1. These two civil revisions by the defendant arise out of two different orders passed in the same suit. The suit was instituted by Chhannoo Lal, the plaintiff-opposite-party, for recovery of certain sum as salary. Under the provisions of Order XI of the Code of Civil Procedure the defendant, on an application by the plaintiff dated the 22nd of August, 1953, was called upon to answer certain interrogatories and to make discovery of certain papers. Twelve days time was initially granted to comply with the order. On the 5th of September,1953, time was extended by twenty days on defendant's application, which was again extended on 23rdSeptember, 1953, by three weeks. The defendant still failed to comply with the order, with the result that the court suo motu granted further time and itfinally passed an order on plaintiff's application No. 63-C dated 31st October, 1953, to the following effeet:
'Defendant has not filed either answer or objection. The defence of the defendant is struck o(f. Suit be heard ex paite on the date fixed'.
This order was passed without notice to the defendant on 31st October, 1953, under the provisions of Order XI Rule 21 of the Civil Procedure Code. That rule says that where any party fails to comply with any Order to answer interrogatories, or for discovery or inspection of document, he shall, if a plaintiff, be liable to have his suit dismissed for want of prosecution, and if a defendant to have his defence if any, struck out and to be placed in the same position as if he had not defended, and the party interrogating or seeking discovery, or inspection may apply to the court for an order to that effect, and an order may be made accordingly. The rule nowhere requires that notice of the application is to be given to the opposite side.
2. On. 14-11-1953 the defendant made an application in review before the trial court praying for the setting aside of the order of the 31st of October, 1953, and an affidavit was filed to the effect thai on 28th September, 1953, a functionary of the defendant company had left for Bombay on an urgent work and that was the reason why the order had not been complied with. The Munsif dismissed the application in review on 19th December, 1953, holding that the application and the affidavit did not disclose what kind of urgency made the defendant company forget that the reply to the interrogatories had to be Sled within three weeks of 23rd of September, 1953. more especially in a case where the time was extended suo motu by the court and yet the defendant did not choose to find out what was happening in the case.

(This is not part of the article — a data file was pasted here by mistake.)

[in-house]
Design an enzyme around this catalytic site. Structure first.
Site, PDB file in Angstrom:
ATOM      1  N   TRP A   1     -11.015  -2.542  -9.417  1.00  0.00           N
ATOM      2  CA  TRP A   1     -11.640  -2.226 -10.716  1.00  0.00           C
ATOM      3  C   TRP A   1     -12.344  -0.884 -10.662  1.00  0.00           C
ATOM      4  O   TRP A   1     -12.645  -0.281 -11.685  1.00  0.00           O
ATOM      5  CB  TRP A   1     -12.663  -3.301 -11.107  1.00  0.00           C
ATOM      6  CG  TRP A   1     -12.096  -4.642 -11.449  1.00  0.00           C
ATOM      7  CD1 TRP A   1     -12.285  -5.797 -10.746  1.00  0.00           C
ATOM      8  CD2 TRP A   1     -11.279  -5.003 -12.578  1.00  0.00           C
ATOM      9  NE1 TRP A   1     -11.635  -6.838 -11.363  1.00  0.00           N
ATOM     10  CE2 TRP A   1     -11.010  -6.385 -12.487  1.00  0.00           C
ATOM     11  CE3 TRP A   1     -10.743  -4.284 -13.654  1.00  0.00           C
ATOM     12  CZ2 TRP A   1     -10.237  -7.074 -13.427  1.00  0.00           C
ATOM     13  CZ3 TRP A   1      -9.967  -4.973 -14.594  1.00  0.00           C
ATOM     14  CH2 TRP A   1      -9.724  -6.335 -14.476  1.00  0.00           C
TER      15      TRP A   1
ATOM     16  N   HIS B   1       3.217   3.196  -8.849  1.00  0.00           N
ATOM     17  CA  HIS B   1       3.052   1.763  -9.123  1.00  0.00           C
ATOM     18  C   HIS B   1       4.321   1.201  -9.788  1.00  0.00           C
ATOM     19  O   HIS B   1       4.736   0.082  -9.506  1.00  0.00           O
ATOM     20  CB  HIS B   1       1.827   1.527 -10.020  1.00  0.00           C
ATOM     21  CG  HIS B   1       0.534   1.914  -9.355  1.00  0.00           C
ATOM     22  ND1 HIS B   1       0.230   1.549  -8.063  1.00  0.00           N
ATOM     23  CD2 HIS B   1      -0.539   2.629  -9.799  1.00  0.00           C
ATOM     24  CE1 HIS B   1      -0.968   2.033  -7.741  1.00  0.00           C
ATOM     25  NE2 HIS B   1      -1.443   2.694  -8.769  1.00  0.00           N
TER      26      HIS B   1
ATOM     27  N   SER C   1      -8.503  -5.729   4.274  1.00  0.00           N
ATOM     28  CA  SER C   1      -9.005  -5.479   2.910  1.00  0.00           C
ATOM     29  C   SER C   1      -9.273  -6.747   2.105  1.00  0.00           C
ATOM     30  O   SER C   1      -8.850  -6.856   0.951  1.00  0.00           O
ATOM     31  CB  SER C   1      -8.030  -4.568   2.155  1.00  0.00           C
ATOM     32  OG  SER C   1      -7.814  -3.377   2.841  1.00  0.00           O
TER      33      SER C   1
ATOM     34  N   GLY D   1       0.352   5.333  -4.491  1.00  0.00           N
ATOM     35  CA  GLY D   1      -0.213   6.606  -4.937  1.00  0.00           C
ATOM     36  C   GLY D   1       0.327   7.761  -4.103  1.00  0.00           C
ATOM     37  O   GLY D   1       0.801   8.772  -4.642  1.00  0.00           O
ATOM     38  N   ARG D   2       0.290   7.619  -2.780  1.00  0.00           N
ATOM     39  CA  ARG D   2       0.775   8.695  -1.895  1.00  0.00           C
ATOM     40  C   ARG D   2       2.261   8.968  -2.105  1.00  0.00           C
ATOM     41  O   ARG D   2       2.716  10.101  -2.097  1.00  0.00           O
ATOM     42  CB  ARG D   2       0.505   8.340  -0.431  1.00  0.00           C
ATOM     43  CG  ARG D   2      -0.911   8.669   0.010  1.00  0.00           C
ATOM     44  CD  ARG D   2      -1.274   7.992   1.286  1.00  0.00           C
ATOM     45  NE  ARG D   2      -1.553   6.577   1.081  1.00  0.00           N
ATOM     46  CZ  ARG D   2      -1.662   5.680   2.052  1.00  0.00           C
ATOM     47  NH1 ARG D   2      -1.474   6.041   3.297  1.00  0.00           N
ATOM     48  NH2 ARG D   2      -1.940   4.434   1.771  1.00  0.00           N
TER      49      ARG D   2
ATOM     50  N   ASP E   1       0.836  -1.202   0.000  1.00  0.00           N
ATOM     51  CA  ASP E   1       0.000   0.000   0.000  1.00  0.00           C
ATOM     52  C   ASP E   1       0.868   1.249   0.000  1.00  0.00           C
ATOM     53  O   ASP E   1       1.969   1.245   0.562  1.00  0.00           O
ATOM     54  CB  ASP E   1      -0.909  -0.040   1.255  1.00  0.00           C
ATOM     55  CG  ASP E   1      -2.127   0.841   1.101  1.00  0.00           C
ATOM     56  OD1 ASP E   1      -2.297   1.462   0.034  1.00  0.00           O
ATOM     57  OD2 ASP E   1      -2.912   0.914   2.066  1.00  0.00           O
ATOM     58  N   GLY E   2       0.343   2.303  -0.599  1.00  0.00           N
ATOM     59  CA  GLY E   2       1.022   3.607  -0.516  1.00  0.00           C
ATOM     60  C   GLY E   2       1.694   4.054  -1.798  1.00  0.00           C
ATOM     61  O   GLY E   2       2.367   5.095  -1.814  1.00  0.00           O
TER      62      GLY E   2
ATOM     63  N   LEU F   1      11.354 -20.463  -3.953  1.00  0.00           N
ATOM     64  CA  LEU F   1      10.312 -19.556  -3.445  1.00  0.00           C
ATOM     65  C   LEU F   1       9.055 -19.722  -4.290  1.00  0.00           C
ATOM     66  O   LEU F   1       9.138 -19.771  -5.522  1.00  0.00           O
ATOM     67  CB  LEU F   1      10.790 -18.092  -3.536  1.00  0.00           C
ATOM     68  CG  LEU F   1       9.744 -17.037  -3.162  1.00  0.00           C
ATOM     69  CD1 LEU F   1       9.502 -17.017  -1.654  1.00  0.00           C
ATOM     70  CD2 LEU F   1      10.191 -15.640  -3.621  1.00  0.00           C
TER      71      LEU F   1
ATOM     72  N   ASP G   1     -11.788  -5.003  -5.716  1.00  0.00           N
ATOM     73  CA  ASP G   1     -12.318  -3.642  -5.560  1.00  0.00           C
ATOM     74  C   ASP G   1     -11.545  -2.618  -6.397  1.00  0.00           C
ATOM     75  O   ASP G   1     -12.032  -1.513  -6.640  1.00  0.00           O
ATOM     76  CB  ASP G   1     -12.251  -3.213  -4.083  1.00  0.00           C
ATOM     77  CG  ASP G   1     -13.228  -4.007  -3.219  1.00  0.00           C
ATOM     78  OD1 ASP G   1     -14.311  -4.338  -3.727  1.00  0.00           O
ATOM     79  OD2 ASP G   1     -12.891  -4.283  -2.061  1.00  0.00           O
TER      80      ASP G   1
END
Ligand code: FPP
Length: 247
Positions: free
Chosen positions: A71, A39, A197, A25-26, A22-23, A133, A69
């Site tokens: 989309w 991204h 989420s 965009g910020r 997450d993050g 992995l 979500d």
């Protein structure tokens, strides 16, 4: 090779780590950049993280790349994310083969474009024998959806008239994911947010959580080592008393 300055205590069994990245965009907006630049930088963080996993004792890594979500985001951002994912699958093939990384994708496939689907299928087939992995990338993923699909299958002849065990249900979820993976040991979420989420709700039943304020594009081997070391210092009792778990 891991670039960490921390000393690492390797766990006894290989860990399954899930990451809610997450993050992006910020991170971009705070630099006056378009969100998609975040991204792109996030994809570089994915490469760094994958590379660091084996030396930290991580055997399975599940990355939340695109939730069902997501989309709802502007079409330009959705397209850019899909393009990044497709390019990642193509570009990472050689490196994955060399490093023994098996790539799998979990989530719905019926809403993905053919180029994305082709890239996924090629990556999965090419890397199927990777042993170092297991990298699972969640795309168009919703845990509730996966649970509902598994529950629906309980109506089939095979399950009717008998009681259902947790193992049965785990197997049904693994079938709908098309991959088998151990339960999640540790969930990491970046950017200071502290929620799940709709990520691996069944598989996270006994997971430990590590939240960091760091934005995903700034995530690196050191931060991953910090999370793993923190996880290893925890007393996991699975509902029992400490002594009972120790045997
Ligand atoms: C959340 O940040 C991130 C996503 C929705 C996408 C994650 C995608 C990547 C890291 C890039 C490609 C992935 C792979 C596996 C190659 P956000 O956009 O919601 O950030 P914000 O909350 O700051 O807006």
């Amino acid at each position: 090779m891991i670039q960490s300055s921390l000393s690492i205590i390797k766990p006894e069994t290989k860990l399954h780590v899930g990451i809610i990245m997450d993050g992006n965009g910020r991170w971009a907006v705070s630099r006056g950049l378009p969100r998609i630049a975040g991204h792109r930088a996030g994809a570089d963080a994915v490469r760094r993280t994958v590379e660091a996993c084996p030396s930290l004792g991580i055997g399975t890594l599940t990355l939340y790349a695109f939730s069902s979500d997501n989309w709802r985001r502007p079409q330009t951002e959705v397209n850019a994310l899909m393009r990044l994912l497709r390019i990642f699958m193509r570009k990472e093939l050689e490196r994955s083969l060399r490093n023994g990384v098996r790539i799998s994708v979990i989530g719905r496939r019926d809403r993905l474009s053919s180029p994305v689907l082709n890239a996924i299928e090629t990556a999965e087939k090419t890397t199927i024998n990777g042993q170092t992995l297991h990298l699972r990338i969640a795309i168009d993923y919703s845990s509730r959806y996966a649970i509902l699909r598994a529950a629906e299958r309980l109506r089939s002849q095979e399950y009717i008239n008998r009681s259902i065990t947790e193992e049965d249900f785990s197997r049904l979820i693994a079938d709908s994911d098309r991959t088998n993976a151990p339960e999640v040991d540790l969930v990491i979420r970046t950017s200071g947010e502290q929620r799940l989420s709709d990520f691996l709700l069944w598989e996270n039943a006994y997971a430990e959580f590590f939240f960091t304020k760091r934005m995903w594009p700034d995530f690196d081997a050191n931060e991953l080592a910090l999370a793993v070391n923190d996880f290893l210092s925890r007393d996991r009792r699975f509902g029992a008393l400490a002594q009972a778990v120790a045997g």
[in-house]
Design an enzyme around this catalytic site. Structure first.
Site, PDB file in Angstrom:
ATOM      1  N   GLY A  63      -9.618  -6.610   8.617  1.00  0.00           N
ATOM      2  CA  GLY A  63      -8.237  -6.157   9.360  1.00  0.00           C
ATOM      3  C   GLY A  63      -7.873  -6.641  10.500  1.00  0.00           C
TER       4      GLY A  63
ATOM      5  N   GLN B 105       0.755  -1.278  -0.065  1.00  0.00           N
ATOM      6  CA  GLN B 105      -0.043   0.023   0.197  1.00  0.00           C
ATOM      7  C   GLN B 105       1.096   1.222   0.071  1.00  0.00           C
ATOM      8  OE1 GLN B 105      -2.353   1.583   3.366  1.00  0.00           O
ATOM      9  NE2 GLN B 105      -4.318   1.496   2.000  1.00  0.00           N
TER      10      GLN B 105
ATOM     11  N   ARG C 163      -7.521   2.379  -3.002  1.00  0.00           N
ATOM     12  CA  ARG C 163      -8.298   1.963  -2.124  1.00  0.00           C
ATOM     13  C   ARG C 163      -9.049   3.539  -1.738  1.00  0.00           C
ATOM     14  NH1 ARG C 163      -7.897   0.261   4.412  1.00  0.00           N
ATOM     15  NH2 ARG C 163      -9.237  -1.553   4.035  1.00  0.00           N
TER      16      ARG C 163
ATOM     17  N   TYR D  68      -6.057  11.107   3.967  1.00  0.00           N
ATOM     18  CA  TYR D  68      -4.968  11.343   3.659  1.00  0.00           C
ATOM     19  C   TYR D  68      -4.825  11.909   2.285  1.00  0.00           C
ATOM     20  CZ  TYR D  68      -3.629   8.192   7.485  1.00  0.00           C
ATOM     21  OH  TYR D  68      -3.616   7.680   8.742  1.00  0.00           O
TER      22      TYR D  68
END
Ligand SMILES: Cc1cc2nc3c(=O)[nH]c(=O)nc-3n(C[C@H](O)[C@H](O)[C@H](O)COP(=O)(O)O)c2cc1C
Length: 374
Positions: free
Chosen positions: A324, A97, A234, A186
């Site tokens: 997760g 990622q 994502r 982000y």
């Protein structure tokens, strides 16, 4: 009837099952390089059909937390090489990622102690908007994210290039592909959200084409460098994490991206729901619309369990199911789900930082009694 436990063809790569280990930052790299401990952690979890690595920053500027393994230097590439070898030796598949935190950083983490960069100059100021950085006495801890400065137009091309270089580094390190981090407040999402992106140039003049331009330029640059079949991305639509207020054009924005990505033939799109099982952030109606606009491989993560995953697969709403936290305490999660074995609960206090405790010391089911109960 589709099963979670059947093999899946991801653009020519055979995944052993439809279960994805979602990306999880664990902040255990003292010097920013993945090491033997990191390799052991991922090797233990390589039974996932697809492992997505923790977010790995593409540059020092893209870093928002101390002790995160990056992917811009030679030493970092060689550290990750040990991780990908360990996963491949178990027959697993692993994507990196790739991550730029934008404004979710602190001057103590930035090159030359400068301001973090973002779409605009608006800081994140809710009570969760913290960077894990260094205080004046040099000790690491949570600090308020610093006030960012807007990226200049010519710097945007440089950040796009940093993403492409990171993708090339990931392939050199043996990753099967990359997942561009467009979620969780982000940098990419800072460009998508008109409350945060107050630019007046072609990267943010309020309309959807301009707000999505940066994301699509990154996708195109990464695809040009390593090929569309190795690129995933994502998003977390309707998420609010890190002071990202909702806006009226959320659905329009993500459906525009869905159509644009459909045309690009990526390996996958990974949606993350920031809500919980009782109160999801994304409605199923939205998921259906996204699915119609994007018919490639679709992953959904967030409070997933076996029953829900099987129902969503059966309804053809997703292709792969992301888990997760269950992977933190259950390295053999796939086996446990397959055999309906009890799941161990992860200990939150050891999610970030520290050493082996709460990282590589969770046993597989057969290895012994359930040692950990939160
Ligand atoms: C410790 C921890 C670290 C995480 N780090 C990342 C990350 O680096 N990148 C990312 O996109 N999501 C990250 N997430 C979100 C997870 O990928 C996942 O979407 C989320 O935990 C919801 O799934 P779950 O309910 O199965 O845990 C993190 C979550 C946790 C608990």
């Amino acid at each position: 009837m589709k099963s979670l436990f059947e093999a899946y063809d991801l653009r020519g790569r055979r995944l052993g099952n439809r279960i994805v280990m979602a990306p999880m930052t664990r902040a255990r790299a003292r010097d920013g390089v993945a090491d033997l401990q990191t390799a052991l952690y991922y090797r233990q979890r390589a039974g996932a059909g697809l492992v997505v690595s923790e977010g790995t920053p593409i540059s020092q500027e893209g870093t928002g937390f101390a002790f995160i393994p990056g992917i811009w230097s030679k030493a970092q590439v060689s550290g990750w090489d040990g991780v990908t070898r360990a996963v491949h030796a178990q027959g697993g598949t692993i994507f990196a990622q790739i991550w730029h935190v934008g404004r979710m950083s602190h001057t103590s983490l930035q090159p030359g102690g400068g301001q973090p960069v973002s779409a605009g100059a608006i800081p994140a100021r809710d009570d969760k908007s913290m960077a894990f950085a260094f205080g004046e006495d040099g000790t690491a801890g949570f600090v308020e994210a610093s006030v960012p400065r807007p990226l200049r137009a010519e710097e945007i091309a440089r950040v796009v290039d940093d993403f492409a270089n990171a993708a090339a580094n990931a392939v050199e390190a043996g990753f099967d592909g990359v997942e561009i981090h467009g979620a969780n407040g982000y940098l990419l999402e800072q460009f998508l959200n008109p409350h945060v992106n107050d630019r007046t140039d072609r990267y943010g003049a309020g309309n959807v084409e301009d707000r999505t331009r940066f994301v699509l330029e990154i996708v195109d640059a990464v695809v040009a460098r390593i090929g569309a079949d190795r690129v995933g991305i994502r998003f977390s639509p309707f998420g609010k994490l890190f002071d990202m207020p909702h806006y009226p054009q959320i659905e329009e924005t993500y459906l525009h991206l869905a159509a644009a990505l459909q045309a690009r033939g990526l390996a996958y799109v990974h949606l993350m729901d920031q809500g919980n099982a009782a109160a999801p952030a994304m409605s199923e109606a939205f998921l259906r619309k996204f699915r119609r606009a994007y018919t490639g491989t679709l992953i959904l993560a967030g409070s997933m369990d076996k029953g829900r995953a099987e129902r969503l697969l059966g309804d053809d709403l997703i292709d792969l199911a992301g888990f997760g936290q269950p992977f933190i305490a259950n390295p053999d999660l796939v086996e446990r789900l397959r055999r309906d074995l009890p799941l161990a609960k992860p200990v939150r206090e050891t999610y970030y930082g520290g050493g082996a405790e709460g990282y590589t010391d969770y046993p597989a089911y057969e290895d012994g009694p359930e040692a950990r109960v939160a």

3. On the 23rd of December, 1953, the defen-dant filed an appeal against the order dated 31st October, 1953, under the provisions of Order XLIII, Rule 1(f) of the Code of Civil Procedure; and along with the memorandum of appeal he filed an application before the appellate judge under Section 14 of the Limitation Act praying that the delay in filing the appeal may be condoned. On that application the following order was passed:--
'The order appealed against was passed on 31st October, 1953, but its copy was applied for on 21st of December, 1953, long after the period of appeal, Appellant was duly represented by counsel so that it makes no difference whether appellant belongs to Banaras or Kanpur. Hence the delay cannot be condoned. Appeal rejected as time barred.'
This order was passed on the 13th of February, 1954 Civil Revision No. 350 of 1954 is directed against the order of the District Judge passed on 13th February, 1954, and Civil Revision No. 351 of 1954 is directed against the order of the Munsif passed on 19th December, 1953.